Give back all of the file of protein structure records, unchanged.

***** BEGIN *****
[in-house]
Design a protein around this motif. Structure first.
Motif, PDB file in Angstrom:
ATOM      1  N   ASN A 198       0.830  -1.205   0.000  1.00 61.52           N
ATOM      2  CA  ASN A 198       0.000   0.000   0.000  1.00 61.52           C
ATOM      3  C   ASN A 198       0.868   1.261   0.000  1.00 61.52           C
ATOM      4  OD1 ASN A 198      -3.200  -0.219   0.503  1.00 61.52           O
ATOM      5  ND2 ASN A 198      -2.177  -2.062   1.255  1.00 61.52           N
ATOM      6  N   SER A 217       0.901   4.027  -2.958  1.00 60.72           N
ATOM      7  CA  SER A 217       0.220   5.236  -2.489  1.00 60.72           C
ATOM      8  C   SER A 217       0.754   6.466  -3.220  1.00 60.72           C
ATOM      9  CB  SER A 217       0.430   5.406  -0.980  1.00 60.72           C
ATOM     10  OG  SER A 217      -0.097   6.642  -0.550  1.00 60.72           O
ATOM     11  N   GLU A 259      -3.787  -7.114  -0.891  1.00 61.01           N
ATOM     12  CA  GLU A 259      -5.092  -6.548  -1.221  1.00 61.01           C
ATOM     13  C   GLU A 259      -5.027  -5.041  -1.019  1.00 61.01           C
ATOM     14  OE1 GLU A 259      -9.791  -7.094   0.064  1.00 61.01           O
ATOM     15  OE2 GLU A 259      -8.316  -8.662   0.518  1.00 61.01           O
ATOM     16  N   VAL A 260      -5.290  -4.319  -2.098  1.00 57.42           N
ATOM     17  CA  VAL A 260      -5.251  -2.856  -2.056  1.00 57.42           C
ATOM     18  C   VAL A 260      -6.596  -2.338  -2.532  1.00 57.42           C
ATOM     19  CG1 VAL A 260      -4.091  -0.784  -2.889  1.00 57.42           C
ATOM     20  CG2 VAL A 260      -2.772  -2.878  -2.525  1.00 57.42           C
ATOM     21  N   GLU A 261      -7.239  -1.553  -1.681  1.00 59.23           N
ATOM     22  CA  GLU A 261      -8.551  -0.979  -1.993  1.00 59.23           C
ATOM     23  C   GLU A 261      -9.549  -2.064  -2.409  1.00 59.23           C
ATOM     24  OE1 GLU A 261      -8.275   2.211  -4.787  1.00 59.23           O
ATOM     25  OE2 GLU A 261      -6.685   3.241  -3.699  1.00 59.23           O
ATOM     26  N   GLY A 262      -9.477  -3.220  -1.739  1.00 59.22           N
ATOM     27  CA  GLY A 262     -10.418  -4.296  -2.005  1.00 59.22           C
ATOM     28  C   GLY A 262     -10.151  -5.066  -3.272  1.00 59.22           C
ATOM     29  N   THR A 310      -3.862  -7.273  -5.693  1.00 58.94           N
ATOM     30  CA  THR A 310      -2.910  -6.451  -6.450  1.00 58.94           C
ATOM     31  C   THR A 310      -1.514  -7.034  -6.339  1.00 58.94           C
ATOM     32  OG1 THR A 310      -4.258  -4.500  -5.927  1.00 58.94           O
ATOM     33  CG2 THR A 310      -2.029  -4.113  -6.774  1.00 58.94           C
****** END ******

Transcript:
[in-house]
Design a protein around this motif. Structure first.
Motif, PDB file in Angstrom:
ATOM      1  N   ASN A 198       0.830  -1.205   0.000  1.00 61.52           N
ATOM      2  CA  ASN A 198       0.000   0.000   0.000  1.00 61.52           C
ATOM      3  C   ASN A 198       0.868   1.261   0.000  1.00 61.52           C
ATOM      4  OD1 ASN A 198      -3.200  -0.219   0.503  1.00 61.52           O
ATOM      5  ND2 ASN A 198      -2.177  -2.062   1.255  1.00 61.52           N
ATOM      6  N   SER A 217       0.901   4.027  -2.958  1.00 60.72           N
ATOM      7  CA  SER A 217       0.220   5.236  -2.489  1.00 60.72           C
ATOM      8  C   SER A 217       0.754   6.466  -3.220  1.00 60.72           C
ATOM      9  CB  SER A 217       0.430   5.406  -0.980  1.00 60.72           C
ATOM     10  OG  SER A 217      -0.097   6.642  -0.550  1.00 60.72           O
ATOM     11  N   GLU A 259      -3.787  -7.114  -0.891  1.00 61.01           N
ATOM     12  CA  GLU A 259      -5.092  -6.548  -1.221  1.00 61.01           C
ATOM     13  C   GLU A 259      -5.027  -5.041  -1.019  1.00 61.01           C
ATOM     14  OE1 GLU A 259      -9.791  -7.094   0.064  1.00 61.01           O
ATOM     15  OE2 GLU A 259      -8.316  -8.662   0.518  1.00 61.01           O
ATOM     16  N   VAL A 260      -5.290  -4.319  -2.098  1.00 57.42           N
ATOM     17  CA  VAL A 260      -5.251  -2.856  -2.056  1.00 57.42           C
ATOM     18  C   VAL A 260      -6.596  -2.338  -2.532  1.00 57.42           C
ATOM     19  CG1 VAL A 260      -4.091  -0.784  -2.889  1.00 57.42           C
ATOM     20  CG2 VAL A 260      -2.772  -2.878  -2.525  1.00 57.42           C
ATOM     21  N   GLU A 261      -7.239  -1.553  -1.681  1.00 59.23           N
ATOM     22  CA  GLU A 261      -8.551  -0.979  -1.993  1.00 59.23           C
ATOM     23  C   GLU A 261      -9.549  -2.064  -2.409  1.00 59.23           C
ATOM     24  OE1 GLU A 261      -8.275   2.211  -4.787  1.00 59.23           O
ATOM     25  OE2 GLU A 261      -6.685   3.241  -3.699  1.00 59.23           O
ATOM     26  N   GLY A 262      -9.477  -3.220  -1.739  1.00 59.22           N
ATOM     27  CA  GLY A 262     -10.418  -4.296  -2.005  1.00 59.22           C
ATOM     28  C   GLY A 262     -10.151  -5.066  -3.272  1.00 59.22           C
ATOM     29  N   THR A 310      -3.862  -7.273  -5.693  1.00 58.94           N
ATOM     30  CA  THR A 310      -2.910  -6.451  -6.450  1.00 58.94           C
ATOM     31  C   THR A 310      -1.514  -7.034  -6.339  1.00 58.94           C
ATOM     32  OG1 THR A 310      -4.258  -4.500  -5.927  1.00 58.94           O
ATOM     33  CG2 THR A 310      -2.029  -4.113  -6.774  1.00 58.94           C